What Summary Judgment Means. As Dan noted, and John first wrote last fall, it is rare for plaintiffs to win on summary judgment. For either side to receive summary judgment, it must show that there are no disputed issues of fact that require a trial to resolve, and that, on the undisputed facts, the law mandates judgment in its favor. This standard is especially hard for a plaintiff to meet, since it bears the burden of proof at trial. At the summary judgment stage, a defendant can usually create an issue of fact and thereby avoid summary judgment just by saying “they have the burden of proof at trial, and a jury might not believe them.” Although this is an unusual case in that the basic facts—most notably Myriad’s patent claims and the fundamental biology and genetics that makes possible those claims—really are not in dispute, a summary judgment ruling for the plaintiffs nonetheless sends a clear message about how strong this particular judge thought their case was—and how weak he thought Myriad’s was.

The Road to Invalidation. The court broke Myriad’s patent claims into two major groups: (i) those claiming isolated DNA sequences and (ii) those claiming methods for comparing or analyzing gene sequences to identify the presence of mutations corresponding to a predisposition to breast or ovarian cancer (p. 2). Both sets of patents were rejected under Section 101 of the Patent Act, which enumerates the permissible categories of patentable subject matter: processes, machines, manufactures, and compositions of matter. As the judge noted, a long history of cases forbids claims on laws of nature, abstract ideas, and natural phenomena, which include products of nature.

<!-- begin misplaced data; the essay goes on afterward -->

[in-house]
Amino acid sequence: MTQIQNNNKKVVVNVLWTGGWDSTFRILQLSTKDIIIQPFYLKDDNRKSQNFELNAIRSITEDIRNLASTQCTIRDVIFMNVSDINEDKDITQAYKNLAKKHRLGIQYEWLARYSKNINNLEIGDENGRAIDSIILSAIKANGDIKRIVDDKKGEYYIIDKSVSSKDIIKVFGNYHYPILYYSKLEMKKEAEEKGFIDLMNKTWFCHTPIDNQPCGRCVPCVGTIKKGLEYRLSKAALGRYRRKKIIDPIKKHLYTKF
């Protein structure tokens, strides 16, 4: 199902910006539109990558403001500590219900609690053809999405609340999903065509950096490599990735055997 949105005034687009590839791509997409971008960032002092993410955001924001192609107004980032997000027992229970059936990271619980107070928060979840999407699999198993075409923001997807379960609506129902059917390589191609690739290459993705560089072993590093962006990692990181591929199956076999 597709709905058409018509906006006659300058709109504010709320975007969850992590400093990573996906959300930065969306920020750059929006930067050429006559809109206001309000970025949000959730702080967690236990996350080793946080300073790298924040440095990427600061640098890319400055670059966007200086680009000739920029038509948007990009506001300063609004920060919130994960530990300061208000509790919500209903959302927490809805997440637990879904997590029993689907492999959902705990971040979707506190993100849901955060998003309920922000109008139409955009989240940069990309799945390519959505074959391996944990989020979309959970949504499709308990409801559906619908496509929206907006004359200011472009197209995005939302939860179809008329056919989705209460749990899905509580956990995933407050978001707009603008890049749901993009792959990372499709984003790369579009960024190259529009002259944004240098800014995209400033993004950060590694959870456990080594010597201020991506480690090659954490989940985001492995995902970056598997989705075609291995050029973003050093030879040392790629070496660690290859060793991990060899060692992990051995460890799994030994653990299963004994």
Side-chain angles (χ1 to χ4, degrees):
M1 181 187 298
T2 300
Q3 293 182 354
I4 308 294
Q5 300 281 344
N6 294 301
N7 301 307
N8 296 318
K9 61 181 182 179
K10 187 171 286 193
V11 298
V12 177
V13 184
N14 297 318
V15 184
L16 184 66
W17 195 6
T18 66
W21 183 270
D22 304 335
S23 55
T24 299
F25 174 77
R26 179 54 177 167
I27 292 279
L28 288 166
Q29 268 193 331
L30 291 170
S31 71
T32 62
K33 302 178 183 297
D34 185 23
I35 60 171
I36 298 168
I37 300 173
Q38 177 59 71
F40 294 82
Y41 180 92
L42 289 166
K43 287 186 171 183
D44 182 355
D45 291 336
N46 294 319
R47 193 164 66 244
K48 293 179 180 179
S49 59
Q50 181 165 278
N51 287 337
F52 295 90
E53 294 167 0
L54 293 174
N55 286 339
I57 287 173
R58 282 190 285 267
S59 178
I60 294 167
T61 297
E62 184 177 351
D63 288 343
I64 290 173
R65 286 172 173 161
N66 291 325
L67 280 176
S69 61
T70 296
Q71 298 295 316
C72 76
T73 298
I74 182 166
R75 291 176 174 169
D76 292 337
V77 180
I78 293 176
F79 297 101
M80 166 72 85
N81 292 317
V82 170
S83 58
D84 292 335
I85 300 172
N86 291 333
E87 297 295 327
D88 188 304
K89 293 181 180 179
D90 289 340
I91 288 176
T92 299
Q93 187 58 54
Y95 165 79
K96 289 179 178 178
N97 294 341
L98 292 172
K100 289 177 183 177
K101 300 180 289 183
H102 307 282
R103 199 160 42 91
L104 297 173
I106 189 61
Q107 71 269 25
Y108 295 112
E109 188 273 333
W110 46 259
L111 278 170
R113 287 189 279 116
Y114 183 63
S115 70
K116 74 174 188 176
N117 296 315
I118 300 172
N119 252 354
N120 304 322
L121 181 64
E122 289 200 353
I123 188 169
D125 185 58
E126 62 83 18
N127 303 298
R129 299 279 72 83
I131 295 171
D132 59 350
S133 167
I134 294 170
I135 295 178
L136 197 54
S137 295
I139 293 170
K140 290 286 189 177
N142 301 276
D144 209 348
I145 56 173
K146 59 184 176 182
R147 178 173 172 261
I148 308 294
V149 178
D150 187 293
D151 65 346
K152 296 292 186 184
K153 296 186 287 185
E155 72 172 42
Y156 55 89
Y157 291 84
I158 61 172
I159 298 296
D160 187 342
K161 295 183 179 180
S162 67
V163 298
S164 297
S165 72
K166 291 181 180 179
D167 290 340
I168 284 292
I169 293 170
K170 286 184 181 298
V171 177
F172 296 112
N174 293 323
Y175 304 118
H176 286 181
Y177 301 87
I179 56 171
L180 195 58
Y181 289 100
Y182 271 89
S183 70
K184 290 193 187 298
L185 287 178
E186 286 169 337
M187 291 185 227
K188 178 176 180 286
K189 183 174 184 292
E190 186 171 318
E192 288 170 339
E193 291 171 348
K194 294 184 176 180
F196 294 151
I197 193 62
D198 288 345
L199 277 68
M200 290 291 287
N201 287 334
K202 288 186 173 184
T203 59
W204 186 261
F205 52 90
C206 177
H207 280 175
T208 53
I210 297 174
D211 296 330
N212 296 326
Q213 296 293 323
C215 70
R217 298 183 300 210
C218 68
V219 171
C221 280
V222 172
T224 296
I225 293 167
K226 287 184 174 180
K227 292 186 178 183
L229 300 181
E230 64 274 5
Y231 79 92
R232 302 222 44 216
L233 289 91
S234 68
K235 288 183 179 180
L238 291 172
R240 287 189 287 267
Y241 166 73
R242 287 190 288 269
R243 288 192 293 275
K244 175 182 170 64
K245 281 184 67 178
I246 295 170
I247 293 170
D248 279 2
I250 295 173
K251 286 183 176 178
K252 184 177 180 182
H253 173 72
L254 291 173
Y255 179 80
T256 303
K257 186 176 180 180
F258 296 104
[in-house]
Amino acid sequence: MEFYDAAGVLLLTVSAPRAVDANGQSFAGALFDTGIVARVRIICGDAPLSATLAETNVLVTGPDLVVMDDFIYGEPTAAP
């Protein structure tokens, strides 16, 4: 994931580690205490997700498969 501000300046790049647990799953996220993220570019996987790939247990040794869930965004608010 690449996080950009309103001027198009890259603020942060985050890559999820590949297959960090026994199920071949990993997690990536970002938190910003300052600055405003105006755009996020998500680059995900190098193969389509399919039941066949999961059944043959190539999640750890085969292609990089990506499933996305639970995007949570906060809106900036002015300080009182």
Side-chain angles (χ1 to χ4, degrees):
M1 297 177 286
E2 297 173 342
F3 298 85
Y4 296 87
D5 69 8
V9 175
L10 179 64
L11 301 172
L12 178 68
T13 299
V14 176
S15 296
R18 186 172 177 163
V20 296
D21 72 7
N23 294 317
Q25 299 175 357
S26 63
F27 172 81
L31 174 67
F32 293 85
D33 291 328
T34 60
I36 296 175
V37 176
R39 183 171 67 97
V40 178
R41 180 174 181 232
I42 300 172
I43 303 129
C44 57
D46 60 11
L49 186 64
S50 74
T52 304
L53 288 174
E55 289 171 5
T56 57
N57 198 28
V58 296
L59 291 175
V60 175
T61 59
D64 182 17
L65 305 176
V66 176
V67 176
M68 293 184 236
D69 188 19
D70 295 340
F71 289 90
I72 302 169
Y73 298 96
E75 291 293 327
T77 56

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Filed under Badges, Bioinformatics/IT, Direct-to-Consumer Services, General Interest, Genetic Testing/Screening, Genomic Policymaking, Genomic Sequencing, Genomics & Medicine, Genomics & Society, Industry News, Legal & Regulatory, Myriad Gene Patent Litigation, Patents & IP, Pending Litigation, Pending Regulation

Breaking: District Court Rules Myriad Breast Cancer Patents Invalid

The highly anticipated decision in Association for Molecular Pathology v. U.S. Patent and Trademark Office, the frontal attack on Myriad Genetics’ breast cancer gene patents, was handed down today. A copy of the opinion, from Judge Robert Sweet of the Southern District of New York is available here.

The opinion was released late this afternoon and it weighs in at 156 pages, so a more complete analysis will be forthcoming. [Edit 3/30: John Conley and I have published a more detailed review and analysis of the decision here: Pigs Fly: Federal Court Invalidates Myriad’s Patent Claims. For just the highlights, continue reading below.] However, there are a few crucial points that deserve an initial reaction.

1. The Plaintiffs Win. The ruling appears to be a nearly complete victory for the plaintiffs and their supporters, including the ACLU. With respect to Myriad’s issued patents on the BRCA1 and BRCA2 genes, Judge Sweet’s ruling invalidates both Myriad’s composition of matter claims (its patents on isolated DNA sequences to all or a portion of the breast cancer genes) and its method claims (those patent claims that relate to analyzing or comparing isolated DNA sequences in order to detect mutations in a patient’s BRCA1/2 genes that might cause breast cancer).